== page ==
It seems to me that a FAQ could very well be the best form of documentation for a system. -- OleAndersen
I tried this on WyCash
. After answering questions or solving problems I turned to an early version of wiki and made a page about the problem-solution (See WikiWikiHyperCard
). On my departure I left the company with a well written program and fifty pages of hyperlinked notes about essoteric things that didn't just jump out at you while reading the source. Later I was aked to help train some new recruits. I came in for a day to answer architectural questions. I asked if they had read the source? Yes, very helpful. And had they read the hypertext faq? Yes, not so helpful. (Not so helpful yet
, I thought.) Then we talked about the source and the hypertext for an hour or so. Did they learn anything more? Just one thing: yes, they really did know the system. There isn't more to know. -- WardCunningham
p.s. I often interrupted the system and read the traceback to see what it was doing. Our architecture was so well factored that the traceback read like a document. I once wrote a document by just annotating a copied traceback. There is not much chance of doing this with java, I'm sorry to say. Oh how far we have slipped away from real object-orinted programming since this was written ten years ago.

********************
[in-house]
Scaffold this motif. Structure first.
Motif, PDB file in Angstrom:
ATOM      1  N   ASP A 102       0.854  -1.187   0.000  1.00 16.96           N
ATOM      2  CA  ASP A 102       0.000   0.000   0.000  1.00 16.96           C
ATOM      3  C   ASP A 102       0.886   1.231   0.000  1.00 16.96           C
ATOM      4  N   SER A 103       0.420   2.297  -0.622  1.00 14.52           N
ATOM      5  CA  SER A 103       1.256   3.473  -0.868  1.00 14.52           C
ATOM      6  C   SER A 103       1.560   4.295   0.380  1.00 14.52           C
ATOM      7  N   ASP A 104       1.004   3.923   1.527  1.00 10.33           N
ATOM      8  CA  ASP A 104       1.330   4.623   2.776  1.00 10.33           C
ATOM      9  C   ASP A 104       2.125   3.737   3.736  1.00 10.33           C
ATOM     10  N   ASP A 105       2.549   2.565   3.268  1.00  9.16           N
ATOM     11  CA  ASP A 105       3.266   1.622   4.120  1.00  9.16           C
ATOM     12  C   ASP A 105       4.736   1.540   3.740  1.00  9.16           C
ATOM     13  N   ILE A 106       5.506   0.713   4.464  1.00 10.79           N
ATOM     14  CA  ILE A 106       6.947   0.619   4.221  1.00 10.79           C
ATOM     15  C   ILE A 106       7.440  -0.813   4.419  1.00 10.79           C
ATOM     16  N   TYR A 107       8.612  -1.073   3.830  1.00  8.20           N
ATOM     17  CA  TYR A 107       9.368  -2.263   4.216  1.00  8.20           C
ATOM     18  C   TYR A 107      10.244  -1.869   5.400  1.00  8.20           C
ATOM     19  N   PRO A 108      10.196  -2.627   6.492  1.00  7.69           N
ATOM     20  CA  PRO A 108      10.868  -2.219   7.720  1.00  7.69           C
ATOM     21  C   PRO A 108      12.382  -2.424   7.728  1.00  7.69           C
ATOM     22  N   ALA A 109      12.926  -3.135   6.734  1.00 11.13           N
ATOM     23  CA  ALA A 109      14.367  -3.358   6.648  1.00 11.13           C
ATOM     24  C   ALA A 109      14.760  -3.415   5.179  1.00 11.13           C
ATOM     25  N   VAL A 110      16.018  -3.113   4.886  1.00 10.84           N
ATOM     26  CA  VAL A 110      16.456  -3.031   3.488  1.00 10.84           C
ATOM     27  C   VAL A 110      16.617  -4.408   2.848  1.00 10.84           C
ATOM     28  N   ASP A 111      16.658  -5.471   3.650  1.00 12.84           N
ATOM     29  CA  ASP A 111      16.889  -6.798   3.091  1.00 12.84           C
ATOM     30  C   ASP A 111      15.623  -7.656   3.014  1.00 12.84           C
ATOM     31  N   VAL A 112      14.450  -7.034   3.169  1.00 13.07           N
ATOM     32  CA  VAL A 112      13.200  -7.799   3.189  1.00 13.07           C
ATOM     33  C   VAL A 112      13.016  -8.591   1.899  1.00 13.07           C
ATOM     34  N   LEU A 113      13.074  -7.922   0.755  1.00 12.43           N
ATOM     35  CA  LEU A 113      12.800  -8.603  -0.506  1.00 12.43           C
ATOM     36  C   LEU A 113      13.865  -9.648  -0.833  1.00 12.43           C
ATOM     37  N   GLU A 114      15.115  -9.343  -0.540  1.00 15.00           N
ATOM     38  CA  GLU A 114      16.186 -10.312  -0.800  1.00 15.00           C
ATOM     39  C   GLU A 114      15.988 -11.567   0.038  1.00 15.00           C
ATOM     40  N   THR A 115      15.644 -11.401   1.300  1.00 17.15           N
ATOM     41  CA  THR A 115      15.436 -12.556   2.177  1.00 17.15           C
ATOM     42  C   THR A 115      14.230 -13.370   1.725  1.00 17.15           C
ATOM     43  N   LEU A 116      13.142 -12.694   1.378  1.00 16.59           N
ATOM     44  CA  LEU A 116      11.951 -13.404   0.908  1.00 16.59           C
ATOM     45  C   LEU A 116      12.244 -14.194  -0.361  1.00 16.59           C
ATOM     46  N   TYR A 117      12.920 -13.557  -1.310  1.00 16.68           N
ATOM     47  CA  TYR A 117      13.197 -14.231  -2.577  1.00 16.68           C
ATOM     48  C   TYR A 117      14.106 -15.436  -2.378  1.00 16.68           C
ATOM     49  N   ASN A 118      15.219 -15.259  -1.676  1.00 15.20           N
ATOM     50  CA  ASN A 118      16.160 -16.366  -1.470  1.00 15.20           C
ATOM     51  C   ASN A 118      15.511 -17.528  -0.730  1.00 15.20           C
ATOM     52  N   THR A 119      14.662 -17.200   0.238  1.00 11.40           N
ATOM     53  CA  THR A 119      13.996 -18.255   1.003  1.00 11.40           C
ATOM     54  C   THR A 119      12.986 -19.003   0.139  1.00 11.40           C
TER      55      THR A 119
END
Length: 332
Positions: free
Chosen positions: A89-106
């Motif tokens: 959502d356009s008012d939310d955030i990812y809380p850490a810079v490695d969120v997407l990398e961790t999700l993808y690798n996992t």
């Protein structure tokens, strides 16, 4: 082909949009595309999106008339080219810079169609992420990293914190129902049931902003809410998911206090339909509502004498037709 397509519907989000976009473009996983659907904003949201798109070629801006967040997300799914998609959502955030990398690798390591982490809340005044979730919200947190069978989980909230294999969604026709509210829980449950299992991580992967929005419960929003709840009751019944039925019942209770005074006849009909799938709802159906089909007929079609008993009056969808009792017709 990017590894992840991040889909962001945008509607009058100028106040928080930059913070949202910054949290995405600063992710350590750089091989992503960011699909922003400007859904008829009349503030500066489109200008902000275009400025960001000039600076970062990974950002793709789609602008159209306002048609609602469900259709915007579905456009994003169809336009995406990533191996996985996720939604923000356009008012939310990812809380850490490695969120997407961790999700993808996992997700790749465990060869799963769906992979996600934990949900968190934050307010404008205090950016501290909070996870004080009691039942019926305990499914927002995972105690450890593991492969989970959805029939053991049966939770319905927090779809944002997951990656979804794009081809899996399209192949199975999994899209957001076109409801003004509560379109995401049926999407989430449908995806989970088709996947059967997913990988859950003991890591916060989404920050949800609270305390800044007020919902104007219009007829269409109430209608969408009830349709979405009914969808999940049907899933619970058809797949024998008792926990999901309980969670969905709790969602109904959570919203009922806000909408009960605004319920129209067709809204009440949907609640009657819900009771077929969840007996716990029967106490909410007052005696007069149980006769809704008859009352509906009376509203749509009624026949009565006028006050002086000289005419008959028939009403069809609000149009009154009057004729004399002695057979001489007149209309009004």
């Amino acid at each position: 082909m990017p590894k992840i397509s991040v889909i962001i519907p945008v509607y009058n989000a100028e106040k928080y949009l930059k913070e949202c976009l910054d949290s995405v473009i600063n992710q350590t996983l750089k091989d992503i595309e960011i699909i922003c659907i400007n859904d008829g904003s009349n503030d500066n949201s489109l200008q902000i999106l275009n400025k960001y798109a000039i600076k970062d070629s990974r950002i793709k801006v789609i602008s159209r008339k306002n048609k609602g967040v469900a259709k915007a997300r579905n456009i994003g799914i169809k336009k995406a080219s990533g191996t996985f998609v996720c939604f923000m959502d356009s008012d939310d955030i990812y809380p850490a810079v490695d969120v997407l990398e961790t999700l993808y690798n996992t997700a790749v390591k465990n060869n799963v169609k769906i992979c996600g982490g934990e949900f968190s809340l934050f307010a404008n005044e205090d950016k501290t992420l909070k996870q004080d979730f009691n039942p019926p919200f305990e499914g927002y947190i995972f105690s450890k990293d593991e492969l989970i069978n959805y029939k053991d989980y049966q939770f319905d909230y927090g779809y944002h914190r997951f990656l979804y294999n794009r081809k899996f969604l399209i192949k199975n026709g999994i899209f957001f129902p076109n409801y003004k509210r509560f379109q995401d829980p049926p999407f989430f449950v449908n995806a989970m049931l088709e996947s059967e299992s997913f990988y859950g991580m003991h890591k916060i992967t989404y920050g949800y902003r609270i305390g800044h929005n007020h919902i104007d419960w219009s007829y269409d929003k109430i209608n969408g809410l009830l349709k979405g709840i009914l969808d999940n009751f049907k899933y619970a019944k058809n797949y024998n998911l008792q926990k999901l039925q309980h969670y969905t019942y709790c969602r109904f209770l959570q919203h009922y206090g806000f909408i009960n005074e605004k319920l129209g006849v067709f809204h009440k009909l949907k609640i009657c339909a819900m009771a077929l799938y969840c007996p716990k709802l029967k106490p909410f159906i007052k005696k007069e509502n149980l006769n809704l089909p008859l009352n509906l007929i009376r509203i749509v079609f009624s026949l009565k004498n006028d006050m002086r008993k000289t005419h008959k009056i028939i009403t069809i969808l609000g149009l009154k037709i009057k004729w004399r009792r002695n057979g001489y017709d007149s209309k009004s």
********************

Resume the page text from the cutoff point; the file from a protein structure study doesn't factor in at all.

is still in production generating revenue after a decade. The hypertext faq was lost with the company's eventual elimination of Macintosh computers.
There are FAQs, and then there are documentation efforts using a QA format with the word FAQ in their name. Real FAQs are answers to questions that a real forum actually frequently answers.
To be reviled are bogus FAQs containing questions the author guesses, or wishes, would be frequent. Have you ever tried to install something, got stuck on a first stupid question that should be frequently asked, surfed to the vendor's Web site, and read a FAQ where the first question was "Why is this product clearly superior to the competition's?"?
In my day, we used to call those things press summaries, which were part of press kits. Now, they are called FAQs, part of brochureware websites. Bah.
The book C++ FAQs
, though its answers are excellent, falls into the hypothetical-question category. --PCP
If I recall correctly, that is an unfair characterisation of
C++ FAQ's. It has been a long time since I looked at it, but isn't that the book that was built from the comp.lang.c++.* FAQ's?
- cf. http://www.cerfnet.com/~mpcline/c++-faq-lite/
I answered that newsgroup's questions for 2 years or so. But other than that I might not know what I'm talking about ;-)